Friday, October 28, 2022
Howard Thurman Center
Registration, light breakfast, and optional speed networking.
Symposium organizers Dorothy M. Davis, Mark Walton, Walter Middlebrook, Allison Davis and Mariette DiChristina share goals for the day.
From The Liberator to The Emancipator: The Past, Present, and Future of Anti-Racist Journalism
Two centuries ago, William Lloyd Garrison’s publication The Liberator sought to advance racial justice through opinion, analysis, and reportage—a mission carried on presently by the creators of the online platform The Emancipator. In this panel, journalism historian Aleen Ratzlaff and The Emancipator’s editors-in-chief Deborah Douglas and Amber Payne will highlight the vital need to bring historical context to journalism; explore how journalists are reframing the conversation on racial justice, equity, objectivity, and activism; and explore the future of the anti-racist newsroom.
- Deborah Douglas, The Emancipator
- Amber Payne, The Emancipator
- Aleen Ratzlaff, Tabor College
- Chris Daly, Boston University
Nurturing Diverse Communicators: How to Cultivate Talent
Recent studies and surveys have confirmed what many already know: the PR, marketing, and advertising industries are predominantly white. In this session, champions of diversity, equity, and inclusion in communications industries share how they are creating sustainable pipelines to bring Black professionals to the table (and to the c-suite). They’ll discuss what gains have been made, what remains to be done, what role allies can play, and what all of us can do to create and sustain more inclusive workplaces.
- Fanshen Cox, TruJuLo
- Kathy Johnson, The Lawrence Advisory
- Anthony Harrison, Boston University
11:30 a.m.-12:30 p.m.
Towards a Broader Perspective on Black Storytelling
Recent Census statistics find that 1 in 10 Black people in the U.S. were born in a different country, and it is projected that this figure will more than double by 2060. While shows and stories about Black people in the U.S. have increased like never before, there continues to be a dearth of stories about Black immigrants.This session will address the importance of telling nuanced and varied stories about the full scope of the Black experience, which can be achieved by including the Black immigrant experience in film, tv, and digital storytelling.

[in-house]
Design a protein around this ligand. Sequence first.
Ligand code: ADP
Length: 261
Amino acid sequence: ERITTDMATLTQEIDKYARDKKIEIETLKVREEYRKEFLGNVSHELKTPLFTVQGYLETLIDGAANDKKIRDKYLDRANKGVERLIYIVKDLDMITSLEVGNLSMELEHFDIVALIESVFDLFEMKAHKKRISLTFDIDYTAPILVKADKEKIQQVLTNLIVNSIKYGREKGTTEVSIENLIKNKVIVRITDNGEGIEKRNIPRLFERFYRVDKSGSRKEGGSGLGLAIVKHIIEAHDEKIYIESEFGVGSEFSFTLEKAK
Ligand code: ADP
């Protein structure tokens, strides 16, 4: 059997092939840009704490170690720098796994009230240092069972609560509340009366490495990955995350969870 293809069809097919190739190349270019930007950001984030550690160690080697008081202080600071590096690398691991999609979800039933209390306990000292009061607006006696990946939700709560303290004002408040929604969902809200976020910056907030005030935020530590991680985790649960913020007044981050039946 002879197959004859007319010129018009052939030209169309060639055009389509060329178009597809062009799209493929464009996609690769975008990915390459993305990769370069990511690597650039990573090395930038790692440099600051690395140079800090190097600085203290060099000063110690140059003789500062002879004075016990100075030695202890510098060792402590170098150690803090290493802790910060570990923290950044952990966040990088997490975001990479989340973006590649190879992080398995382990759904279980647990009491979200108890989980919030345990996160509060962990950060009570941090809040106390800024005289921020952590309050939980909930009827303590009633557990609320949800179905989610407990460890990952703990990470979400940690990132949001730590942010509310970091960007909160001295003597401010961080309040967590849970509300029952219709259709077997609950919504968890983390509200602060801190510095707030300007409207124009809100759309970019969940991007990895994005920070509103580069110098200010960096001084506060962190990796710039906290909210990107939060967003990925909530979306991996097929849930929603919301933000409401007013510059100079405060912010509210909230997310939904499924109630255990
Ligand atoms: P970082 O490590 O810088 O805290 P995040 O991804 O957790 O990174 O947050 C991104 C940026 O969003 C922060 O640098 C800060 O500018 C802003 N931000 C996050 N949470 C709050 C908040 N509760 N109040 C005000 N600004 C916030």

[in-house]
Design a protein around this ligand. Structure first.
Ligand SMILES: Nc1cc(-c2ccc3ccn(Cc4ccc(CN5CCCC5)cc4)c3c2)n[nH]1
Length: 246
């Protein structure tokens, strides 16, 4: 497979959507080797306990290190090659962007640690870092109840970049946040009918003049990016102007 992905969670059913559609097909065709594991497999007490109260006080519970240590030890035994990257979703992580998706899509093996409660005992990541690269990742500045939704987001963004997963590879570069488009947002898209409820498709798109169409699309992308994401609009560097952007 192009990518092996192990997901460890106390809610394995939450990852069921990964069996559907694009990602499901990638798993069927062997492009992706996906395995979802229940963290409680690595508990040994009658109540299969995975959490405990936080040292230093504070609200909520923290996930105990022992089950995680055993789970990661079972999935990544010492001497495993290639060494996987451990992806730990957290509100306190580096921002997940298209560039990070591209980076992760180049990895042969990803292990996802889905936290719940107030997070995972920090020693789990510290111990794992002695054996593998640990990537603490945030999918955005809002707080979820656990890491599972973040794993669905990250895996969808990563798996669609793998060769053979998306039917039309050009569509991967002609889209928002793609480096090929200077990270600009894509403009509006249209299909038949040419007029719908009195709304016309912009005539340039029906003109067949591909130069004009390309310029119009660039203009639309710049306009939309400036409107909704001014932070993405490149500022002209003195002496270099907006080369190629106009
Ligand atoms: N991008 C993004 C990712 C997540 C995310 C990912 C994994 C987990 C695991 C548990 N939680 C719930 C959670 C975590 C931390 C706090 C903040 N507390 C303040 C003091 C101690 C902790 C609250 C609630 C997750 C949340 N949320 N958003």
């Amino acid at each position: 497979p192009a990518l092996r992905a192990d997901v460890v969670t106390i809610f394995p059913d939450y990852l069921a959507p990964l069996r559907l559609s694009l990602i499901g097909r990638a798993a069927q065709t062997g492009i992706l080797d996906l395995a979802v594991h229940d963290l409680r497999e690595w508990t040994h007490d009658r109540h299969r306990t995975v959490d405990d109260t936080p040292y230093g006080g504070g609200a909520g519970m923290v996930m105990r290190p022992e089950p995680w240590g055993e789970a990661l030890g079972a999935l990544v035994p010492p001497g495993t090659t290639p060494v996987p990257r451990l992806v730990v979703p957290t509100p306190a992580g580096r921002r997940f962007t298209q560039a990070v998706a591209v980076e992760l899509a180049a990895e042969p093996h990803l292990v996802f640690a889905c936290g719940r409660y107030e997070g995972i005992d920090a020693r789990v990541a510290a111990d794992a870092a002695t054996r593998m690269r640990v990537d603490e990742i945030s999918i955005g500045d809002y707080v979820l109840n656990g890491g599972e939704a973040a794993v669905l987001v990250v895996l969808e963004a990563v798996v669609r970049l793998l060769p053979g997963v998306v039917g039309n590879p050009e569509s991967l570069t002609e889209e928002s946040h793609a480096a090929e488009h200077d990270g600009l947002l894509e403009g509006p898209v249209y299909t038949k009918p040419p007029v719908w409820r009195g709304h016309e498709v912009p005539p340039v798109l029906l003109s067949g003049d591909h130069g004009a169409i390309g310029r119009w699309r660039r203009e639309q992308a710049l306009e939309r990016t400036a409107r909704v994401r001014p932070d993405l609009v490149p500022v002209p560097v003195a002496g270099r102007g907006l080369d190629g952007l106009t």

- Mark Walton, The New School
- Dorothy M. Davis, Griffith J. Davis Photographs and Archives
- Tina McDuffie, Boston University
Lunch and optional mini-session
How to Prevent Burnout in Black Storytellers: Dr. Xenia Bhembe, M.D., Assistant Professor of Psychiatry, Harvard University
Utilizing Social Media and New Platforms
From Black Twitter to TikTok to new platforms now gaining attention, panelists in this session will discuss the history of slacktivism, highlight new platforms content creators should know, and share what storytellers need to know about creating quality content on social media.
- Meredith D. Clark, Northeastern University
- Wesley Lowery, CBS News
- Michelle Johnson, Professor Emeritus, Boston University
The Innovators: Meet the Communicators Who are Reshaping the Narrative
When a seat at the table isn’t enough, some choose to construct an entirely new table. Meet three leaders across industries who created their own projects to amplify Black voices and spotlight the stories that are missing from the mainstream.
- DeShuna Spencer, KweliTV
- Tiffany Walden, The Triibe
- Michael Holley, Boston University
A conversation between Executive Editor of the Los Angeles Times Kevin Merida, former NBCUniversal executive Paula Madison and Andrew W. Mellon Professor in the Humanities at Boston University Ibram X. Kendi, moderated by Boston University’s Meghan Irons.